I’ve met several Europeans who have told me they are drawn to Boston because it is the city that feels most like home to them. For better or for worse, Boston’s cobblestone roads, abundance of rotaries (or “roundabouts” as they call them in Europe), walkability, and architecture make it one of the most European cities in the U.S. The British influence is clear, and Boston really holds true to its “New England” identify.
But what about those Europeans that aren’t British?
Drive up 5+ hours north to Montreal, and in many ways, you will feel like you have entered Paris in North America.
French is the official language in Quebec province (which includes Montreal and Quebec City). Rules dictate that commercial signs must be in French, and if another language is added, its font must be smaller. Children must go to French-language schools unless if the parents can show that they themselves had been raised in English-speaking schools.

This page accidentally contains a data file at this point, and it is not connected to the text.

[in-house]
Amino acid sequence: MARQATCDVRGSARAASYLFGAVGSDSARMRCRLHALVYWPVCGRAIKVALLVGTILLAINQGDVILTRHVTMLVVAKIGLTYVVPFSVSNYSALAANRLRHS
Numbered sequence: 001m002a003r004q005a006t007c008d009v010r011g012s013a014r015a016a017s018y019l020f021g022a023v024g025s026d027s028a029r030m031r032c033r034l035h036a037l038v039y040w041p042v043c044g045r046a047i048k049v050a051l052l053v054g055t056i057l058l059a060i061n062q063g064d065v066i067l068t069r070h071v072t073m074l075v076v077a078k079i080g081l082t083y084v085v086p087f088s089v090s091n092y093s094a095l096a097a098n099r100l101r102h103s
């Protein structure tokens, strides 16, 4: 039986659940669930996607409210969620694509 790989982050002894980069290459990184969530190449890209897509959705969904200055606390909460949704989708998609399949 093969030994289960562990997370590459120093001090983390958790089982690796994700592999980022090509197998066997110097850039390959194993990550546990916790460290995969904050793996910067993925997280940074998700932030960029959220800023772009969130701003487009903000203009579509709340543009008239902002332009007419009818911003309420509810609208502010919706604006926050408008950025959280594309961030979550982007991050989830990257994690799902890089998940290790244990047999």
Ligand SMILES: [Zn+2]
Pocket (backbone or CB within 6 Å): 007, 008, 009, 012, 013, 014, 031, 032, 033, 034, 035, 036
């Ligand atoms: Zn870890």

The rules definitely make Montreal feel much more French than other parts of Canada.
For visitors like us, it means we get to experience many elements of France without actually flying across the Atlantic – such as, for example, the abundance of authentic French bistros and cafes.